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Temporary benefits are awarded during periods of incapacity from work because the claimant cannot earn wages in the former work, or similar work, or in other work for which the claimant has the mentality and attainment. Eligibility is not based solely on the physical impairment, but also on the capacity to obtain work.
Plaintiff claimant suffered a work-related injury while employed by defendant employer and began receiving temporary total disability benefits. Surgery was subsequently recommended but because of plaintiff's pregnancy her doctor recommended the operation be delayed until after birth. Thereafter, defendant notified plaintiff and the labor department that it would discontinue her benefits based on the superseding intervening act of getting pregnant. The labor commissioner declined to terminate the benefits. Defendant employer appealed.
Under the circumstances, was the plaintiff claimant still entitled to the temporary total disability benefits, notwithstanding the fact of her pregnancy?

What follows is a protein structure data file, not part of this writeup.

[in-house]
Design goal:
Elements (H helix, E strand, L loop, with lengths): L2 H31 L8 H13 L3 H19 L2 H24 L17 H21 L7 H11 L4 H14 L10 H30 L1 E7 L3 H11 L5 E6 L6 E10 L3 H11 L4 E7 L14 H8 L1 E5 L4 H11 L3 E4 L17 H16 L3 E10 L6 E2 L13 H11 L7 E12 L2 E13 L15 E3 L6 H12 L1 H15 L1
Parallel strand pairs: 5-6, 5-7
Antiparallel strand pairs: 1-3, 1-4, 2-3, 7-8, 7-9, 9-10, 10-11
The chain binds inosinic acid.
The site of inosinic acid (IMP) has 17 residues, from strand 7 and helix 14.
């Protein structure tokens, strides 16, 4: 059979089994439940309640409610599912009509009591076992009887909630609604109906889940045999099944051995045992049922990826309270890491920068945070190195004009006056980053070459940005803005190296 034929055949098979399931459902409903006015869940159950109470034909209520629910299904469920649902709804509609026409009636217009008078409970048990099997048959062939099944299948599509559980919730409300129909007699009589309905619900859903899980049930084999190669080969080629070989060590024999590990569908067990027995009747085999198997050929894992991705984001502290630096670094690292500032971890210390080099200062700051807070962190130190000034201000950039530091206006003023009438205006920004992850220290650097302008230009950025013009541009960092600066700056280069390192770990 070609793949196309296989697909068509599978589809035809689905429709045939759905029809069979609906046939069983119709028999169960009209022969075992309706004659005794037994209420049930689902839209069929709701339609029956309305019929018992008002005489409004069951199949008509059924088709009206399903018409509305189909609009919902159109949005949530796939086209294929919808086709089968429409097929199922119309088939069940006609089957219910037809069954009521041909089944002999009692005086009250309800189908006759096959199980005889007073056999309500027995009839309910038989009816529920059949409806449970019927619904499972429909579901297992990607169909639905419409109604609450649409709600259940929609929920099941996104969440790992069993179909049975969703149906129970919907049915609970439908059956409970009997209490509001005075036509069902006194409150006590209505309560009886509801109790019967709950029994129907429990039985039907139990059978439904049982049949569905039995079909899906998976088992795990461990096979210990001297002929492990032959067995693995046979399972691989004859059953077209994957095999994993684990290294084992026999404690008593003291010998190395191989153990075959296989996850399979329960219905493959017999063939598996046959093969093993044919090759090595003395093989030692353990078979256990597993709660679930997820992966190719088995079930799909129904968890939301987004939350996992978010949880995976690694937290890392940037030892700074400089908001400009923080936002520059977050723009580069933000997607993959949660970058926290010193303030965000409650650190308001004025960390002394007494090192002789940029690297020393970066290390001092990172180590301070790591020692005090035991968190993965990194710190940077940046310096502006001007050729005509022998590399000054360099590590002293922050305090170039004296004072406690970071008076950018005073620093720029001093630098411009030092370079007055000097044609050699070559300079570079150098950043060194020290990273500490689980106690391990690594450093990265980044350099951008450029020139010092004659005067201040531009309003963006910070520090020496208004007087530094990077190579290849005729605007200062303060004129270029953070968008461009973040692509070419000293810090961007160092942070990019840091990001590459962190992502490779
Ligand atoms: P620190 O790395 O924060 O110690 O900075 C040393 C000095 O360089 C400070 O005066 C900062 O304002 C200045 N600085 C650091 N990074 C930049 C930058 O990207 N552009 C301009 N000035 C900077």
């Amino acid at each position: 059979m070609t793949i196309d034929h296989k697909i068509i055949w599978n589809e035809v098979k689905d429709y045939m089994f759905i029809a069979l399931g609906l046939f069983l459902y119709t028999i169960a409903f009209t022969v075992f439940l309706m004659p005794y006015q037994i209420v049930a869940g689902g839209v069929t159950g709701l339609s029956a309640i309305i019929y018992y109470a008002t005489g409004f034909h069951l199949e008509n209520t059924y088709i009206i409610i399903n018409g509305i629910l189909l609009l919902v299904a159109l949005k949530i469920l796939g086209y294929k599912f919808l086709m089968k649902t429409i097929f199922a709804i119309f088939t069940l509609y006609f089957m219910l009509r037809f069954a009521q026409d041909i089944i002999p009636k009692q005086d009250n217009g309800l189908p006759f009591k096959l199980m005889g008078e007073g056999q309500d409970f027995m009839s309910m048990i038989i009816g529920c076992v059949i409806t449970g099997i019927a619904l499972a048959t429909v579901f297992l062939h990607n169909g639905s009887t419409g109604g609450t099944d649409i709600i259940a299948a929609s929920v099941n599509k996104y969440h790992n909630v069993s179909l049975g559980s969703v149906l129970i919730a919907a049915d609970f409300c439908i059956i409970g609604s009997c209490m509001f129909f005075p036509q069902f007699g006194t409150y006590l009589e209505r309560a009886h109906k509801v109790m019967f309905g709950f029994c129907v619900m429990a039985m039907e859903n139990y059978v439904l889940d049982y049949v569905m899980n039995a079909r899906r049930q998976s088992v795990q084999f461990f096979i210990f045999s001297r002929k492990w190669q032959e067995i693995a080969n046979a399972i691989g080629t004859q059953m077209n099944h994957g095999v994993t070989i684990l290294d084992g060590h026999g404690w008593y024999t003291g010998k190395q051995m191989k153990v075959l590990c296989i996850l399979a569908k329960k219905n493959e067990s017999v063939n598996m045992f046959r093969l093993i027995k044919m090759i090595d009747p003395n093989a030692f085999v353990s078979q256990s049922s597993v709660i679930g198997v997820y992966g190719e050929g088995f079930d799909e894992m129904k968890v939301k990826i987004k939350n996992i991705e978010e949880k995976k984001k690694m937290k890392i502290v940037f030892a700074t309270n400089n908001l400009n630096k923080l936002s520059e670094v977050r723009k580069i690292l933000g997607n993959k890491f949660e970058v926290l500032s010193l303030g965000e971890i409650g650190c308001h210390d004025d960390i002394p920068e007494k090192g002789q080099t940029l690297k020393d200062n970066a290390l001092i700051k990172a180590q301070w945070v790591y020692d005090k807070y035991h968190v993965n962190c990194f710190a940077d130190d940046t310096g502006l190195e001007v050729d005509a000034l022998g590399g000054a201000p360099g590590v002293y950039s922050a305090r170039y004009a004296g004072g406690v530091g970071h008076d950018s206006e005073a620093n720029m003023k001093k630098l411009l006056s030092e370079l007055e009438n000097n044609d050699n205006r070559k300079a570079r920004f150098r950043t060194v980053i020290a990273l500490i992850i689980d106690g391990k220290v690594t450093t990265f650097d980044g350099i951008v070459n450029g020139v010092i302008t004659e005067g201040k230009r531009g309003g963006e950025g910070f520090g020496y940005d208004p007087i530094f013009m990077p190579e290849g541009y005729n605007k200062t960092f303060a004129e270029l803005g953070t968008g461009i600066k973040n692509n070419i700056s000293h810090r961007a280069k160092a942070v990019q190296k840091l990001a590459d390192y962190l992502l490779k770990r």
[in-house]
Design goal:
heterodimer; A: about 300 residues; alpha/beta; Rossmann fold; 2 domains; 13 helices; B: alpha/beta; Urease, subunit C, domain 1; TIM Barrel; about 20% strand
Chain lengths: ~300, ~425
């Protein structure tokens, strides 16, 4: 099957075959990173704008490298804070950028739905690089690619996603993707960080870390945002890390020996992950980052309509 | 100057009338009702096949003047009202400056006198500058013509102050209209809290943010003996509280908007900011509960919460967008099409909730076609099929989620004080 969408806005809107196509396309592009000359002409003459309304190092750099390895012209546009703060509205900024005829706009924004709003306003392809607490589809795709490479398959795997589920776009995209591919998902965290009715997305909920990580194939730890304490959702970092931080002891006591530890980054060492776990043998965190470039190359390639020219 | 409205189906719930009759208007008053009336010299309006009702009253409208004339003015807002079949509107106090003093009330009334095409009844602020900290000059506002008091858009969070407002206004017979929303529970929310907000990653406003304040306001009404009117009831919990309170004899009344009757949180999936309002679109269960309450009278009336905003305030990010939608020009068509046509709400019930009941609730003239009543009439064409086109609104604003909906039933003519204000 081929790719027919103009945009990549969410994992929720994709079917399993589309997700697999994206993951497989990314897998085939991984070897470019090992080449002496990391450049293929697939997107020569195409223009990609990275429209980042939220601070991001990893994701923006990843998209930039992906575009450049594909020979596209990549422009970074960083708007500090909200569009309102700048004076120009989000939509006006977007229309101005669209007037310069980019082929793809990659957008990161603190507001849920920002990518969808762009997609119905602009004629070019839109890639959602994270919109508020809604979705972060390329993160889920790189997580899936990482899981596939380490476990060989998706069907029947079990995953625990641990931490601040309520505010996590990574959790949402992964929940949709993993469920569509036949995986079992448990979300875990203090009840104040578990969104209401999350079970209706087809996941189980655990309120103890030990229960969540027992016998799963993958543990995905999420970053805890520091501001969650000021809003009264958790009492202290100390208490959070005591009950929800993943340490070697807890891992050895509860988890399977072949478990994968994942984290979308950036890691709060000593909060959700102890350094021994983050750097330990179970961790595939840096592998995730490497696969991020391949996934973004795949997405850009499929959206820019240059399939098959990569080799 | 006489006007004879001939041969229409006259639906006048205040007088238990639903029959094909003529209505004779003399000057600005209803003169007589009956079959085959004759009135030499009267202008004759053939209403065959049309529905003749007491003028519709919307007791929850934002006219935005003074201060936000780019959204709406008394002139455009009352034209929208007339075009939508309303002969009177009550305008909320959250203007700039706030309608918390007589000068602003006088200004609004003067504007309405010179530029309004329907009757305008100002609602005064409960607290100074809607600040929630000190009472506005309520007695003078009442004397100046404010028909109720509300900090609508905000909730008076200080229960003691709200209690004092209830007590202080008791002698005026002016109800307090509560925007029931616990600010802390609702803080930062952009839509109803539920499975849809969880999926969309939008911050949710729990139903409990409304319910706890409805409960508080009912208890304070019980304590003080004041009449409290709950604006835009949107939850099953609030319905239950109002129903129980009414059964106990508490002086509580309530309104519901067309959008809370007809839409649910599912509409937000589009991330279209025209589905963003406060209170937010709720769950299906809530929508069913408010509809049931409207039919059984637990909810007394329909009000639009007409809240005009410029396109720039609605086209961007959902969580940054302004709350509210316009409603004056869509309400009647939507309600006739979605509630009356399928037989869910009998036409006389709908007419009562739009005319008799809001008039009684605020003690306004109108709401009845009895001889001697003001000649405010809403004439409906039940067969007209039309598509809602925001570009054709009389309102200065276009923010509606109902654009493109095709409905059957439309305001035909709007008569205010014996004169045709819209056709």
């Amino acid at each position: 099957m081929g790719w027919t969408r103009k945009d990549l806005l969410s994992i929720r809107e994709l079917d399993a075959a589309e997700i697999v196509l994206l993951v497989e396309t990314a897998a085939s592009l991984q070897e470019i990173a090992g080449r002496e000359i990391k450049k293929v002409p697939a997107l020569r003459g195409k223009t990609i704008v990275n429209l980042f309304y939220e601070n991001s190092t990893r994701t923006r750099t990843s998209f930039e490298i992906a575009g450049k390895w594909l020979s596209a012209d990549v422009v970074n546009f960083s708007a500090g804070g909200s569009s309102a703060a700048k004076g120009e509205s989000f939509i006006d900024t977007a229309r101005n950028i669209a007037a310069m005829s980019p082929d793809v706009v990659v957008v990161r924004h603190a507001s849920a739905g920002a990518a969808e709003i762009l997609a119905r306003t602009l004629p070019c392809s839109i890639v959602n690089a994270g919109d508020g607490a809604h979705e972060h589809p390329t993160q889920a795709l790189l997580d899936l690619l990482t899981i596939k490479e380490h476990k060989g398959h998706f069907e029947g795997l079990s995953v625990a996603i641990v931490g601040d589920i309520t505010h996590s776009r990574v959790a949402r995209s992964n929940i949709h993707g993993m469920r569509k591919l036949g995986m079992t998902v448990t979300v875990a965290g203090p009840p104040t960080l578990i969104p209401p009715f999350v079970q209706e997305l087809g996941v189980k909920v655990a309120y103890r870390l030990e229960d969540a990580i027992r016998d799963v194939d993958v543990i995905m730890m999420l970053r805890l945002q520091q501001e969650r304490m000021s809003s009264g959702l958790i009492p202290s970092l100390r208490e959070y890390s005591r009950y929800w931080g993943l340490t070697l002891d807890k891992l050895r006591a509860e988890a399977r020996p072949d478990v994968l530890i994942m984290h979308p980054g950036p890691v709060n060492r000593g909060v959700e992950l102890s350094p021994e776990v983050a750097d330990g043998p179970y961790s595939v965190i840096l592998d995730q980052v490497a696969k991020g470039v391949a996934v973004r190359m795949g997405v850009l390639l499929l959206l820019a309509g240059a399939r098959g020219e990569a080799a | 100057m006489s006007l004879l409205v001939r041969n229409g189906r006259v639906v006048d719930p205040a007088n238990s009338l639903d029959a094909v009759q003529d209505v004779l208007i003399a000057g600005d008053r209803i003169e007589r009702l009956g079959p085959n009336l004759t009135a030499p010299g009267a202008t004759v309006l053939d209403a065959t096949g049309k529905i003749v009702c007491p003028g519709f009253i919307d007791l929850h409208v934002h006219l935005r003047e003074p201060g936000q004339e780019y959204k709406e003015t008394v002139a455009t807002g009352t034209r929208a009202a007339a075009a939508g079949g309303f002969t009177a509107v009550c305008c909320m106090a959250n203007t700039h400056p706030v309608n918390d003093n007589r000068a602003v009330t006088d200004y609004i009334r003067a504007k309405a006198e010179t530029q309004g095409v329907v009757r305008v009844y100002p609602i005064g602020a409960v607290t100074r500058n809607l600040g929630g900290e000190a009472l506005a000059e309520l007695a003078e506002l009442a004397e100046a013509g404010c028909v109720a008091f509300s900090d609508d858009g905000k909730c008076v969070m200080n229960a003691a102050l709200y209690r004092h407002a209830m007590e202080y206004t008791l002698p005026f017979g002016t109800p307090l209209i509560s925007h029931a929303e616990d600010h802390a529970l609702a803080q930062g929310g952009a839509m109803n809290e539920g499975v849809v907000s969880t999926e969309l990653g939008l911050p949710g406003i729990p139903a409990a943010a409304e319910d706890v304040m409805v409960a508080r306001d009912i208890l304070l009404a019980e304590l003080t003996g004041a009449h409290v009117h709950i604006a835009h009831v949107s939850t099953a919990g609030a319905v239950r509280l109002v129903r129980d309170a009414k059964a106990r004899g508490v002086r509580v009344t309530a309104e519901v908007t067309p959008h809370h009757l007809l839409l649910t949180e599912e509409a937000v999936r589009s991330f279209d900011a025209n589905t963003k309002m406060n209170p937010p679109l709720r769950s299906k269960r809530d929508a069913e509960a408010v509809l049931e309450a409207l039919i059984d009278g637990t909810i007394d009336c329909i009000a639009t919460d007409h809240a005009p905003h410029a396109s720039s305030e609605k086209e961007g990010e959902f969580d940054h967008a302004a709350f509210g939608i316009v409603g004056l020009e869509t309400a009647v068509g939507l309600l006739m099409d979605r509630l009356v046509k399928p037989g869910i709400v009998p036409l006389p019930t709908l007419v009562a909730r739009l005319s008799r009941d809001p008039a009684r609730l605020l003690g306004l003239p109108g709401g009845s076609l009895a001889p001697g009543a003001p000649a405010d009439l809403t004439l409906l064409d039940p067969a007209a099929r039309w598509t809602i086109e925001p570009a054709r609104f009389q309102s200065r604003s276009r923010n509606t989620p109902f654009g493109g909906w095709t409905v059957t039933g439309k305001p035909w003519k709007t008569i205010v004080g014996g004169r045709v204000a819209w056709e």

On appeal, the court found the fact that plaintiff's pregnancy indirectly prolonged the period during which she was unemployable did not change the fact that her injury, not her pregnancy, rendered her unable to work. Therefore, the pregnancy was not a superseding, intervening event that broke the causal connection between the work-related accident and plaintiff's disability. It then found that the temporary flare doctrine was inapplicable because plaintiff's injury was not a work-related injury and defendant was not seeking an allocation of benefits. Finding defendant's remaining contentions to be meritless, the court affirmed the commissioner's decision.